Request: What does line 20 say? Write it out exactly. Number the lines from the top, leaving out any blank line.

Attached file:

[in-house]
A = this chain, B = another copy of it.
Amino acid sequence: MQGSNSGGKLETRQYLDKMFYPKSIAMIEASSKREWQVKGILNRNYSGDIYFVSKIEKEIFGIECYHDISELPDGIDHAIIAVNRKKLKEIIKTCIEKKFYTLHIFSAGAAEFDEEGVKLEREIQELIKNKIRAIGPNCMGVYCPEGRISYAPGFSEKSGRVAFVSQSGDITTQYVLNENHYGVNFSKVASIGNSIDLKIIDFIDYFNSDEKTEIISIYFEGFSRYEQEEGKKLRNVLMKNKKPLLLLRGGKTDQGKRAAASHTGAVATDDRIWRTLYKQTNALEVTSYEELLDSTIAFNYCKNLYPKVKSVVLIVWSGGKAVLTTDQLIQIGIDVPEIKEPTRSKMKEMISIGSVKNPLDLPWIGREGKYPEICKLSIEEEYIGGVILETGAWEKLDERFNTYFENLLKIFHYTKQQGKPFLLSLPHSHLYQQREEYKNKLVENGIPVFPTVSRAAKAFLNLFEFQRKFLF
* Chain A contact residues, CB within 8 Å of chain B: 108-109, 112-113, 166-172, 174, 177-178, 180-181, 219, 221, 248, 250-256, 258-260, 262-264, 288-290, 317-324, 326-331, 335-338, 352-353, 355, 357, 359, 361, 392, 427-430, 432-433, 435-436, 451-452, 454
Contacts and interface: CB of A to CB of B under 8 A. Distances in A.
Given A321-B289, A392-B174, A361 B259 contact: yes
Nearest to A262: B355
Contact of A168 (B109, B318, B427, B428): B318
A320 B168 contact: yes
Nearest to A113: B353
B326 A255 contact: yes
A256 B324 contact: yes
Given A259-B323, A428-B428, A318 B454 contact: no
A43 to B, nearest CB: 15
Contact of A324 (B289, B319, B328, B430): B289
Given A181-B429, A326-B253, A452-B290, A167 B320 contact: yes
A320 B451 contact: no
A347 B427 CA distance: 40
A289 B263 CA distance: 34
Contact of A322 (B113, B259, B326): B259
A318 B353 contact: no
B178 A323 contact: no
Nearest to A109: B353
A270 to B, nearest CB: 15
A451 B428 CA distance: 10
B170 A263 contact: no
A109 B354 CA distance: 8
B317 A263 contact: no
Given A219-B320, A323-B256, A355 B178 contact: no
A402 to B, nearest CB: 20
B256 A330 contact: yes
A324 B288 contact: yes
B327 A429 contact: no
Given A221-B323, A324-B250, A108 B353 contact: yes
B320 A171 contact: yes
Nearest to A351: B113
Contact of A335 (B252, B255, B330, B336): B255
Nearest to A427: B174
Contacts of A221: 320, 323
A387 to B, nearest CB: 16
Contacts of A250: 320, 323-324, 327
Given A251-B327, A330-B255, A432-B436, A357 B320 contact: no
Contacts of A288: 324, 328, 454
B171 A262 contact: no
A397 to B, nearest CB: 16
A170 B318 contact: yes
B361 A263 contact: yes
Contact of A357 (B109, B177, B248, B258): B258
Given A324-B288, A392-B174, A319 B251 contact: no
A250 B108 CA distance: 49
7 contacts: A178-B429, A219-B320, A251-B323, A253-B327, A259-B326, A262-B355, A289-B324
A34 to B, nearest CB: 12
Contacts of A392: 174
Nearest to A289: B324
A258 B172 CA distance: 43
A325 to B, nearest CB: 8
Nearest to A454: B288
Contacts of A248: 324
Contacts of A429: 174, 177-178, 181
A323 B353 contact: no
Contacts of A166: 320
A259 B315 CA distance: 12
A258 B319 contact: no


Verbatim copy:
Contact of A322 (B113, B259, B326): B259